August 14th, 2015
Jorge Lorenzo ended the first session of free practice on top of the timesheets. The Movistar Yamaha rider was immediately into his stride, taking over at the top halfway through the session and leading to the end. Marc Marquez ended the session in 2nd, and started off fast. However, Marquez' session was marred by a minor fall. The Repsol Honda rider had trouble getting the bike stopped into Turn 13, ran into the gravel and tried to ride his way through it. He made it most of the way, but not quite out again, tipping over in a low-speed spill which did little harm to the bike and no harm to the rider.
Dani Pedrosa set the 3rd fastest time, just over a tenth of a second behind his teammate, clearly comfortable at a track he loves. Pedrosa was followed by the two Factory Ducatis, both Andrea Dovizioso and Andrea Iannone sporting a narrower fairing and a new engine for better power delivery. Valentino Rossi grabbed 6th spot, though Bradley Smith made him fight for it, the pair swapping places in the final moments of the session.
Efren Vazquez has taken first blood at Brno, topping the first session of free practice for the Moto3 class at Brno. Vazquez put in a quick last lap to punch his way to the top of the timesheets, his Leopard Racing teammate Danny Kent adopting the same tactic but coming up short on Vazquez. Romano Fenati grabbed 3rd, leading a gaggle of KTMs all within a few hundredth of each other. Miguel Oliveira took 4th, ending ahead of the session's early leader Brad Binder.
It was a hectic trip across the Atlantic for many in the MotoGP paddock. The air at Brno was thick with tales of airport-based woe, of overbooked flights, bad weather delays, missed transfers and lost luggage. Despite the supposed privilege of platinum frequent flyer status – one of the side benefits of working for a MotoGP team is you rack up a lot of air miles – the staff of one MotoGP were stuck in one airport for over 24 hours, thrown out of the airport lounge and unable to leave. Chicago O'Hare was temporarily transformed into the motorcycle racing equivalent of purgatory: large numbers of riders, mechanics and other staff kicking their heels with nothing to do. That is especially tough on riders: most of them suffer from some form of hyperactivity or another. Few can sit still, and most are very outdoor types. L'enfer, c'est les aéroports, if you will forgive me paraphrasing Sartre.
But there was an overwhelming sense of contentment at being in Brno. The track is much loved, even among those who do not go particularly well here. It is wide, fast, and flowing, and allows the riders to play with the lines. Dani Pedrosa, who has won here twice in MotoGP, explained why he liked the track. "It's wide, and the corners are with a nice shape, so you can be precise," Pedrosa told us. "It's a track that demands that you are precise, and I like this. Also, you can try many things, one centimeter more out, one centimeter more in, later, deeper, or earlier. This gives you a gain to be able to adjust your riding lap by lap, and some tracks are just one line and one pace and you cannot change. Here you can play a little bit more and that's positive. I like it."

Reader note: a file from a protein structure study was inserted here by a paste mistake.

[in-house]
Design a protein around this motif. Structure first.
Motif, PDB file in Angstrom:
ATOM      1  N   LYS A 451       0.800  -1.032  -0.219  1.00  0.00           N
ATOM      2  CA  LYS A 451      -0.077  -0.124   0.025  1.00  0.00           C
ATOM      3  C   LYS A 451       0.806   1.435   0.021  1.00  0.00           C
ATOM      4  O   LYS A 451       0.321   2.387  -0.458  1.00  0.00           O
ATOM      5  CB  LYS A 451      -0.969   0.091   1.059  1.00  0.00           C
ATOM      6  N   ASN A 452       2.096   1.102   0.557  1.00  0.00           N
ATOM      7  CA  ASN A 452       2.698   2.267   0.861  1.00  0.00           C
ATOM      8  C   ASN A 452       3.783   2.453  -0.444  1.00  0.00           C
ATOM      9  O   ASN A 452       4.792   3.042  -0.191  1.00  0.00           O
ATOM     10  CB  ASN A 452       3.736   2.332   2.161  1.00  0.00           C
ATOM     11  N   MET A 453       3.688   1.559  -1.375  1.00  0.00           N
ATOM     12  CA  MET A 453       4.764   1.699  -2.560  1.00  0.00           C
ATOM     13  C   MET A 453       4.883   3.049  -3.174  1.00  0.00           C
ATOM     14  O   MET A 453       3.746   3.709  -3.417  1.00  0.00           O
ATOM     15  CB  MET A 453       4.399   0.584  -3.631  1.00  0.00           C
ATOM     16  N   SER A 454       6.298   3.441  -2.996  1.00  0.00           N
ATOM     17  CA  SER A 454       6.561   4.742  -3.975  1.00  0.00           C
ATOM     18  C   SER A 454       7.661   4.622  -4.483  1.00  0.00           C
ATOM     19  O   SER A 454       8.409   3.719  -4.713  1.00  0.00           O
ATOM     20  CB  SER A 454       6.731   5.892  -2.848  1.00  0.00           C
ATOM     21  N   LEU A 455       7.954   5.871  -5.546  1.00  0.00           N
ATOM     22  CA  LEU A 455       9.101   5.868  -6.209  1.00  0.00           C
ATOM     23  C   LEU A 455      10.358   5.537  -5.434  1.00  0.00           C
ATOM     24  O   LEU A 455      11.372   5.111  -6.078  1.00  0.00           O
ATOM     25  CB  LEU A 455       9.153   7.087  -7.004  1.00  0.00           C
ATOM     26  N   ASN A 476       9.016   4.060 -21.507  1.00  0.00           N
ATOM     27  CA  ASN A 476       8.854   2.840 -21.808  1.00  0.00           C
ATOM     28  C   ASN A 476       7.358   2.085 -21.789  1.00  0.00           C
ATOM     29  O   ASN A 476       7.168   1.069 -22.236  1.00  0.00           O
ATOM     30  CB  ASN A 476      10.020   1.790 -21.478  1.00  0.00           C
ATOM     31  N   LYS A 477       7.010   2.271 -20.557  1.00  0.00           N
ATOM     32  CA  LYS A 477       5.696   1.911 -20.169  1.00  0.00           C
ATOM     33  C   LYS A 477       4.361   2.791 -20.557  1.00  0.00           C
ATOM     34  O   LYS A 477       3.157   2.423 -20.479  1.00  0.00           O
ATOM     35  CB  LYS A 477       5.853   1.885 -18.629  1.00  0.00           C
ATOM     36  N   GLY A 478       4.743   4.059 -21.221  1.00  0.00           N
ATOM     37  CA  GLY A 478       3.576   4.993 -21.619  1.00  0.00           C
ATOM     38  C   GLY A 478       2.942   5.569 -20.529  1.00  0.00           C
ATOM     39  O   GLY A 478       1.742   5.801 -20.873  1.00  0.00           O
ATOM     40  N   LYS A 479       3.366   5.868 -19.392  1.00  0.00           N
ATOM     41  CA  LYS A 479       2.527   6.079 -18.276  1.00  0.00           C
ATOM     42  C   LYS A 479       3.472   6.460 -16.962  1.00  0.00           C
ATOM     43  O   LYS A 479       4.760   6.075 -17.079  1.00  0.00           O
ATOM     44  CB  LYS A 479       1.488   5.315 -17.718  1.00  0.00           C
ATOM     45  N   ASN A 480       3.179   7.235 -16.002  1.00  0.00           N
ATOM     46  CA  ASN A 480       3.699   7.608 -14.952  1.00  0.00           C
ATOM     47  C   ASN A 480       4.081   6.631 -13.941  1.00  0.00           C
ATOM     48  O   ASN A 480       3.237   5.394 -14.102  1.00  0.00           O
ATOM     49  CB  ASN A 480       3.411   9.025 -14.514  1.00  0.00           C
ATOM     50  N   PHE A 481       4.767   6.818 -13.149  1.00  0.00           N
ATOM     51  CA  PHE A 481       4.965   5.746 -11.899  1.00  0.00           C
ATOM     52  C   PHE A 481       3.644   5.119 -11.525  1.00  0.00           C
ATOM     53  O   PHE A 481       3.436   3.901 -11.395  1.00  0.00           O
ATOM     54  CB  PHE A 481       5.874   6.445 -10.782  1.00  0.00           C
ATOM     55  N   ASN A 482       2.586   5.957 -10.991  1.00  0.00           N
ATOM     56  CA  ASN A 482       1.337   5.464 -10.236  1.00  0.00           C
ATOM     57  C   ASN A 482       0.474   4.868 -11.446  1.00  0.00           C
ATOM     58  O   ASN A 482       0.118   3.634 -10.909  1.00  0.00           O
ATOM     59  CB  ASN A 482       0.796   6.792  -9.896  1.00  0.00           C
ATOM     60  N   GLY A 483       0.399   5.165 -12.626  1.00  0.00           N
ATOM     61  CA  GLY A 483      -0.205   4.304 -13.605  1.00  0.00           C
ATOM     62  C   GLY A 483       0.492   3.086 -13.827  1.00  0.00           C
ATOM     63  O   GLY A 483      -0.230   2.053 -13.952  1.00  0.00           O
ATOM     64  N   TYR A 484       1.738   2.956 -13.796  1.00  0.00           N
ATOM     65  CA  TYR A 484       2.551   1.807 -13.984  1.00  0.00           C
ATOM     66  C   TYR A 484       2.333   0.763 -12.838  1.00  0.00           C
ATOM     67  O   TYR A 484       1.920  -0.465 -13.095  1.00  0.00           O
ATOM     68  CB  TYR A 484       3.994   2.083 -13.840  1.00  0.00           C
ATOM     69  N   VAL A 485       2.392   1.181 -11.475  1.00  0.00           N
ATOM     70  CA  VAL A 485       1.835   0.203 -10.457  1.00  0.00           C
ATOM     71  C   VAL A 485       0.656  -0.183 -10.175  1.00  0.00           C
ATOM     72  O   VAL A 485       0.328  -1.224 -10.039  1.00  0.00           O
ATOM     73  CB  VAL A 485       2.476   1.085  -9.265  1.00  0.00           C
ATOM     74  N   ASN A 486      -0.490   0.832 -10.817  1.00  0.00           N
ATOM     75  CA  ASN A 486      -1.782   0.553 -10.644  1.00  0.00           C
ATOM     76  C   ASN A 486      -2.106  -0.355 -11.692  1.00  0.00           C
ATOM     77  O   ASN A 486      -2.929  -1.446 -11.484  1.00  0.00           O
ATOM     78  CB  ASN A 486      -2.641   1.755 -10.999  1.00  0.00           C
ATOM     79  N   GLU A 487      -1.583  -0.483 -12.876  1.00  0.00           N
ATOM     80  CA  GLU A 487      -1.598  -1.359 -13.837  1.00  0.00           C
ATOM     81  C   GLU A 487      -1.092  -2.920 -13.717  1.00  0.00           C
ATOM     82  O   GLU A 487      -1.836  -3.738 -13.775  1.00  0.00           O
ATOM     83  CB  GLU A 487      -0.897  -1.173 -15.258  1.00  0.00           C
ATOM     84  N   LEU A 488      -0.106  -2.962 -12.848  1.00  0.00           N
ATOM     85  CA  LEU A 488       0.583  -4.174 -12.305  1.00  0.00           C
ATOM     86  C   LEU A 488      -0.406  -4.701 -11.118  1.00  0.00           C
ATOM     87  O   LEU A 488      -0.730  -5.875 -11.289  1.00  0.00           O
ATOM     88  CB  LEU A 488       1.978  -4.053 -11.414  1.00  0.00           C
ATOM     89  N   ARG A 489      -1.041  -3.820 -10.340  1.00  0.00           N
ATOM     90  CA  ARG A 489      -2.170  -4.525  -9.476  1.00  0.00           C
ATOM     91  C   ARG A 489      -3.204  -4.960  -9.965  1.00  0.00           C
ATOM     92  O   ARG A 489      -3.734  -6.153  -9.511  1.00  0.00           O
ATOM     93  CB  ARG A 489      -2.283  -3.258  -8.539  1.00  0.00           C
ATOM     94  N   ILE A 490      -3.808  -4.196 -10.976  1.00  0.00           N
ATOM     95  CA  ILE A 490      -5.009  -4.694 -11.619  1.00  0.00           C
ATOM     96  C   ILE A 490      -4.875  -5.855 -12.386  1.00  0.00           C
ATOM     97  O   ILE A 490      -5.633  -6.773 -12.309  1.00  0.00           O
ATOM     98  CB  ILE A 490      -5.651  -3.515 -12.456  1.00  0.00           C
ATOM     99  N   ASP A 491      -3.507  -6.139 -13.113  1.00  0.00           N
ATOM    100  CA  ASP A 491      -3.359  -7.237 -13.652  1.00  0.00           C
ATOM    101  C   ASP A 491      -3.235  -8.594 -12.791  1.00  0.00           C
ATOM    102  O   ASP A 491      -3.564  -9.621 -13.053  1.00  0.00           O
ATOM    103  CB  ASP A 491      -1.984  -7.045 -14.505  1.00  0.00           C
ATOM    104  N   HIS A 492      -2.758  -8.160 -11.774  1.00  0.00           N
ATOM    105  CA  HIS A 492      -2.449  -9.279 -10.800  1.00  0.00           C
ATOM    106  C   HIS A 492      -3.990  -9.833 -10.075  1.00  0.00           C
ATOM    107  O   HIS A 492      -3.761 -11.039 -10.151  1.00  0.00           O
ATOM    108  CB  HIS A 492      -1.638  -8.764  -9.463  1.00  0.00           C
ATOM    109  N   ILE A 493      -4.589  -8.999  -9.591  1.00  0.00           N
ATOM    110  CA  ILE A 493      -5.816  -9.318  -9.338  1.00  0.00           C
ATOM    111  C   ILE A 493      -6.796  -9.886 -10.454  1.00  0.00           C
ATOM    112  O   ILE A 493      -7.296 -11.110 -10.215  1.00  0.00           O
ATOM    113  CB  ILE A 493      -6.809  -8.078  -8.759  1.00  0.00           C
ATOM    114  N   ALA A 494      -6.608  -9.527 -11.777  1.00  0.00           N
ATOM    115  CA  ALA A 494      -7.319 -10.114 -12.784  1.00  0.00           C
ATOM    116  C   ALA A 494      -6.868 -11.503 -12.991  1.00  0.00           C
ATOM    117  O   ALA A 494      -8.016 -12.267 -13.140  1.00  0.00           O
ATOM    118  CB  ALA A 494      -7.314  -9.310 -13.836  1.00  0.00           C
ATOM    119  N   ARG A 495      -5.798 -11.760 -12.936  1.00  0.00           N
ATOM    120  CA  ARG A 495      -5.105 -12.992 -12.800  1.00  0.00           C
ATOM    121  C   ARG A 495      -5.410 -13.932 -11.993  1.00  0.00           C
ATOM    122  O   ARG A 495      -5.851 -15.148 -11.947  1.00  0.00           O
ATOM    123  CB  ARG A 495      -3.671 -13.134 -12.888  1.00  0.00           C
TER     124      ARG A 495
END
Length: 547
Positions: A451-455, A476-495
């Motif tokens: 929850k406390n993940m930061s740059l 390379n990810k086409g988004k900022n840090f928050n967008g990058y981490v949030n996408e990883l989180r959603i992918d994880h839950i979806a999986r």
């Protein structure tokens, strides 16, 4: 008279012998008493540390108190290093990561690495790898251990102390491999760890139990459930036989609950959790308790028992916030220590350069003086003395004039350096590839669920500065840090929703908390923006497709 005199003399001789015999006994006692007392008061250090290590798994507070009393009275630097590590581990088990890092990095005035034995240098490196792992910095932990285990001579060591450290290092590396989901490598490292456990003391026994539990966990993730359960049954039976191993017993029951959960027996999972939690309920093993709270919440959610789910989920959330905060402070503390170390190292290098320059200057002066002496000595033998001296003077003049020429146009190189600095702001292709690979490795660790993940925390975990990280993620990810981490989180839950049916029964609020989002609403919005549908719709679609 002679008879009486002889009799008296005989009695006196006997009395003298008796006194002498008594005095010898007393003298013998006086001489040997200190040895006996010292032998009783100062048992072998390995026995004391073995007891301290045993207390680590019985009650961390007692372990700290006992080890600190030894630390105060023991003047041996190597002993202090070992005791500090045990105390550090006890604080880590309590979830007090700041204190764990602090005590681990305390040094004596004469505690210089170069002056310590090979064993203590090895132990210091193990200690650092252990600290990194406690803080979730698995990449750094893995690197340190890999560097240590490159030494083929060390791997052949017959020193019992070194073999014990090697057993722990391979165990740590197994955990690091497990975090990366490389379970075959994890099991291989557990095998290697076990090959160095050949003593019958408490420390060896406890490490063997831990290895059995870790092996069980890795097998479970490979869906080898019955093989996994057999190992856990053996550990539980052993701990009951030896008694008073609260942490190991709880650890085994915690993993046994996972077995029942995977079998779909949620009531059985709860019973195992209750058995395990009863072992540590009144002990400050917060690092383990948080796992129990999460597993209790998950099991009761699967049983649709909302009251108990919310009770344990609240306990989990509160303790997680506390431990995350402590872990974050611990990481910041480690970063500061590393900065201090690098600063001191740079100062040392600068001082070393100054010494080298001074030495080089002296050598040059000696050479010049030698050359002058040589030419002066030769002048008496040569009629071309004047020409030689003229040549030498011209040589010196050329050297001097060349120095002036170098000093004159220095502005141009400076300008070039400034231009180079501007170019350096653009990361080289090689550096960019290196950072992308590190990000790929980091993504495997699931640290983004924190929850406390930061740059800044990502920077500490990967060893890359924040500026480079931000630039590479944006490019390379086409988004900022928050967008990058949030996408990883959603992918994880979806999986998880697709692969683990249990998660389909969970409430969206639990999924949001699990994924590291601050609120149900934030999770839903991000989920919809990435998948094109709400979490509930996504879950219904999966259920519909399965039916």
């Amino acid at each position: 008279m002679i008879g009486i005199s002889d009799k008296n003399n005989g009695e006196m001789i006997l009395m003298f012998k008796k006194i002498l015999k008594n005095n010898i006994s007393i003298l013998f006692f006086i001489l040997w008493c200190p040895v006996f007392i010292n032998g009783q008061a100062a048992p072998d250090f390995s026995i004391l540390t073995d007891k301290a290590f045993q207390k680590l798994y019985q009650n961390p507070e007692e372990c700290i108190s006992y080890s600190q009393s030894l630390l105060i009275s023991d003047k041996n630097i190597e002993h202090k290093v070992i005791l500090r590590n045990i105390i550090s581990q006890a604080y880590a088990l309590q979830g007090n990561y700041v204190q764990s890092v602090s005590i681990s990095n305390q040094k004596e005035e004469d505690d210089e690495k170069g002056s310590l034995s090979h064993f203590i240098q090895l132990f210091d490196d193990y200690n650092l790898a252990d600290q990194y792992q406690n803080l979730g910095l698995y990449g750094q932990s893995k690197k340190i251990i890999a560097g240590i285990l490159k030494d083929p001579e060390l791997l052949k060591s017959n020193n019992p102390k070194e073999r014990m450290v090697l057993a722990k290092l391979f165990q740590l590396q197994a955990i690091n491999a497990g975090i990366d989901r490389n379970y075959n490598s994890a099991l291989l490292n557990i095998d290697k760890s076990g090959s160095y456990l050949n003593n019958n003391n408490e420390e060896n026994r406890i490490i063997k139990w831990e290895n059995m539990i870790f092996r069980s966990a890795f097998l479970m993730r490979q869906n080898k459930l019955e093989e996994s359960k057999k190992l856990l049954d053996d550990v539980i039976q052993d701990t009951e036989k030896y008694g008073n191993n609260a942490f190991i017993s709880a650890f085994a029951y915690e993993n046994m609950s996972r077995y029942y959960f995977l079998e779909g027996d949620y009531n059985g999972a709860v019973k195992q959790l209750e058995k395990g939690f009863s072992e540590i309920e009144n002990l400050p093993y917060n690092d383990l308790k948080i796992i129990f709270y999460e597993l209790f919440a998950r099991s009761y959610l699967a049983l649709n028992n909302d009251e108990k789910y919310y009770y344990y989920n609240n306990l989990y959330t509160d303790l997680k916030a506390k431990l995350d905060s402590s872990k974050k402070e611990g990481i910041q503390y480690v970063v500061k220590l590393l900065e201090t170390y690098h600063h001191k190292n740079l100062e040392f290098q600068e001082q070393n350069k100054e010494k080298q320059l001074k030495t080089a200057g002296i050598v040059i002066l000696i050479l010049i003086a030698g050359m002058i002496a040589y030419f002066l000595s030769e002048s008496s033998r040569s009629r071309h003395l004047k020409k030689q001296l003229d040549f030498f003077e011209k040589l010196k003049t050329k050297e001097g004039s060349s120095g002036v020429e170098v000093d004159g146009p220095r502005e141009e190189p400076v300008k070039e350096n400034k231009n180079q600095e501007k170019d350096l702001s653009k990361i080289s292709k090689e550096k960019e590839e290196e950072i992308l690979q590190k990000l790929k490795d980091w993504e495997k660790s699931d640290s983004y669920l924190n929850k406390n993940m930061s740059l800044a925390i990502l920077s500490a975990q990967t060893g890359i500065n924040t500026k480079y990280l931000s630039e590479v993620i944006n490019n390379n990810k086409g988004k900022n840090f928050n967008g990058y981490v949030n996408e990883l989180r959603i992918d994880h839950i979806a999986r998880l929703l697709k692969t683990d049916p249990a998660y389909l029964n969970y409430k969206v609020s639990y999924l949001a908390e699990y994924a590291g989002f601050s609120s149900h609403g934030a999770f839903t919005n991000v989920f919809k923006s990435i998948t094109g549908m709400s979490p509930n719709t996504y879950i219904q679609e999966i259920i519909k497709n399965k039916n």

Various press releases ahead of this weekend's Czech Grand Prix at Brno:
Press release previews from the teams:
From one endangered race to another. The MotoGP paddock leaves Indianapolis, possibly for the last time, and heads to Brno, a race which has been on the endangered list for the past ten years. Not all of the paddock got out on time: overbooked flights and thunderstorms caused massive delays, and left riders, teams and media stuck hanging around in airports for many hours. Hardly the ideal way to adapt to a shift of time zones by six hours, but they have little choice. There will more than a few bewildered faces in the paddock at Brno, trying to figure out where they are and what day it is.
A quick glance around should be enough to remind them. Brno is a glorious circuit, set atop a hill in the middle of a forest. To reach the track, you drive up the narrow, winding, tree-lined roads that once formed the basis of the old street circuit. The closed circuit which replaced those roads still retains most of that character: fast, flowing, rolling up hill and down dale through the trees. Where the track really differs from the public roads is in how wide it is.
The space that creates is seized upon eagerly by the riders, using it to take a number of lines through each of its corners, giving plenty of opportunities for passing. The fact that the corners are all combinations helps: riders flick right-left, left-right, right-left again and again. Make a pass into one corner, and your rival has a chance to strike back immediately at the next. It is a track which is made for great racing, and great motorcycle racing at that. Riders, fans and media alike all hope fervently that the financial and political problems which have dogged the Czech Grand Prix can be resolved, and we can keep this spectacular circuit.
MotoMatters.com is delighted to feature the work of iconic MotoGP writer Mat Oxley. Oxley is a former racer, TT winner and highly respected author of biographies of world champions Mick Doohan and Valentino Rossi, and currently writes for Motor Sport Magazine, where he is MotoGP correspondent. We are featuring sections from Oxley's blogs, which are posted in full on the Motor Sport Magazine website.
When no-one knew who Honda was
When Marc Márquez swept to Honda’s 700th Grand Prix victory on Sunday he did so at the head of the factory Repsol Honda team, probably the biggest outfit in the paddock, with every member trained and drilled to deal with every eventuality.